The image at the top of this story kicks off the latest in a discussion that has lasted over a decade: That readers demand digital versions of books should be free.

Since before ebooks first became a thing, book possessors would take a book they’d bought, scan it into an ebook, then share if on the internet to anyone who wanted it, no charge.  This was illegal.  But because it was the internet, no one could stop these people from doing it.  So they kept on doing it, like closet anarchists stickin’ it to the Man.  This led to ebook producers experimenting with a number of schemes, including (gasp!) asking readers to pay for books, and being forced to lower those ebook costs to make it palatable for readers to part with their dimes for entertainment’s sake.

But there have always been those who refuse to buy ebooks.  They’ve come up with myriad excuses, my favorite being “electrons are free”… as if the value of an entertainment product lay in the medium it is impressed upon, not the work itself.  The other excuse, which is ladled like gravy upon writers like me, is “You’re not an author published by a major publishing house; therefore, you are an amateur, a hack, and I shouldn’t have to pay as much for your work.”  By “as much,” of course, they mean “free.”

selfishAspiring writers have it tough.  They are judged to be bad, specifically because they do not publish through a major publishing house.  (You know, like one of the prestigious major houses that published the book at right.)  In an industry ruled by trashy biops, cookie-cutter fiction by Famous Authors who are promoted just because they’re Famous, and series based on rehashed movies or kitschy fantasies, the unpublished author is somehow the one who has to prove they have a good product.

And even when they find their fans and gain a following, the fans still feel they deserve their efforts and accomplishments for free, just on account.  They feel entitled to someone else’s work, and demand to pay nothing for it.  Where I come from, there’s a name for that kind of arrangement.


I was thinking about this, about a third of the way through the novel I’m presently working on.  I’ve tried various forms of marketing my work over the years, but it’s never worked out to my satisfaction or profit.  And it’s because readers see me, an accomplished author of over fifteen books, as a slave for their entertainment; they feel entitled to take my works—to steal my works—as soon as I make them available.  But when I ask for a little compensation for my time—hundreds of hours of planning, outlining, drafting, writing, editing, producing (with cover art), marketing and promoting—suddenly I’m a bad guy, a crook, a carpetbagger trying to rip them off… an uppity n***** trying to make trouble.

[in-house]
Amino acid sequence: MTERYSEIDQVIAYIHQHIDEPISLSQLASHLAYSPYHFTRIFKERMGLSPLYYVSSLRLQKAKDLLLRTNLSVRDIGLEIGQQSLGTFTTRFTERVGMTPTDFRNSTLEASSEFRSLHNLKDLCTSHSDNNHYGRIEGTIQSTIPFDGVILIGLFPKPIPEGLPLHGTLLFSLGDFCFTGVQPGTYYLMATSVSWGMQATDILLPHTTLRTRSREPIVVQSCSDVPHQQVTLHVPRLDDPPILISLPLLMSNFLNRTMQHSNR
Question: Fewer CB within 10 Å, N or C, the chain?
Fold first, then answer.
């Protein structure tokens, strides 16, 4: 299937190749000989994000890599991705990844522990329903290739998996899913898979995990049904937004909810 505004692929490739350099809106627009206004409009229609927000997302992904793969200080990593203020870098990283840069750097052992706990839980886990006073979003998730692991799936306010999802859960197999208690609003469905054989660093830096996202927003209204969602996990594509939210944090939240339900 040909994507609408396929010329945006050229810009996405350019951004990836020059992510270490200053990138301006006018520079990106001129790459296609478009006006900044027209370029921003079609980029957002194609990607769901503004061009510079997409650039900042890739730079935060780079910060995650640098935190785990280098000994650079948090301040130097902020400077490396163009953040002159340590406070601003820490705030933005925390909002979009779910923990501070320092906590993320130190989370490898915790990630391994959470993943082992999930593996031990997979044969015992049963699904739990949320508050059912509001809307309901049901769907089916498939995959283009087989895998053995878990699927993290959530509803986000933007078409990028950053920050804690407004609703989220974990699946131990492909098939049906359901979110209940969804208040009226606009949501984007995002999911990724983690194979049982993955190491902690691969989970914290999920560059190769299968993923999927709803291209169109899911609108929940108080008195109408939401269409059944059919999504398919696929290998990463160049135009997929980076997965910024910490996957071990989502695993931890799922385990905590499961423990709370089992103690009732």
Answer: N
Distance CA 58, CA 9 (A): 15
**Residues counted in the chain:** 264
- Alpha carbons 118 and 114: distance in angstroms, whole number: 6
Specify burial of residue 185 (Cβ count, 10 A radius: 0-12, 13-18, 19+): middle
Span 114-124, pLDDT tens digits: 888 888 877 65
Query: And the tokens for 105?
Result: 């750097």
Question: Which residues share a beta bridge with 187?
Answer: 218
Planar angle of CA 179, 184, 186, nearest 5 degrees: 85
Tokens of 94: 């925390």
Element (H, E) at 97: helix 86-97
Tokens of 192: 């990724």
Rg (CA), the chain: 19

Consumers have, admittedly, been spoiled by other forms of media.  Television, for example, is seen by most as a free service (even largely by those who pay for cable), and they somehow don’t consider that advertisers are paying to bring those shows to them.  And the price they pay for a book is hardly equal to the cost of producing it; so they assume what they’re paying for is the paper they’re printed on.

But if a person can buy an apple at a farmer’s market, or a produce stand in front of an actual farm, and not feel as if the farmer has no business charging them for the produce they brought to market from that tree right over there, why don’t writers get the same consideration?

When I become aware that the very consumers for whom I produce entertainment treat me like an uppity nigga, suddenly the wind blows out of my sails, and I have an extremely hard time justifying putting one word down.  The creative juices stop flowing, and my desire to write dies.  Seeing the post above put me in that very mood all this weekend, and I got zero writing done.

To be clear, I have a wife and a mortgaged home.  I pay taxes, utilities, insurance policies and groceries.  I pay for my television, internet and cellphones, and I buy my own clothes.  When I (IF I EVER) retire, I’ll still have most of those bills to pay.  Since Roombas will probably have all the cleaning jobs by then, I’d like to be able to write to generate some extra income to keep me out of the poor house—or, maybe more accurately, the poor tent.

But I swear, I’d rather spend my retirement years begging for pennies on the street, than work the life of a slave, making the supreme effort to entertain the public and getting whipped by their barbed tongues for my effort.

Pass the word: I am no one’s uppity n*****.  Neither are the rest of the writers out there.  Pay for their books, or entertain your own damned selves.

I find it very appropos that my post, having been linked to a Facebook page devoted to teaching writers to make money off their books, has resulted in my being booted from that group.  Guess I was too uppity for them, too; so I’ve been gagged and sent to the woodshed.  Thanks for the validation and support, massas.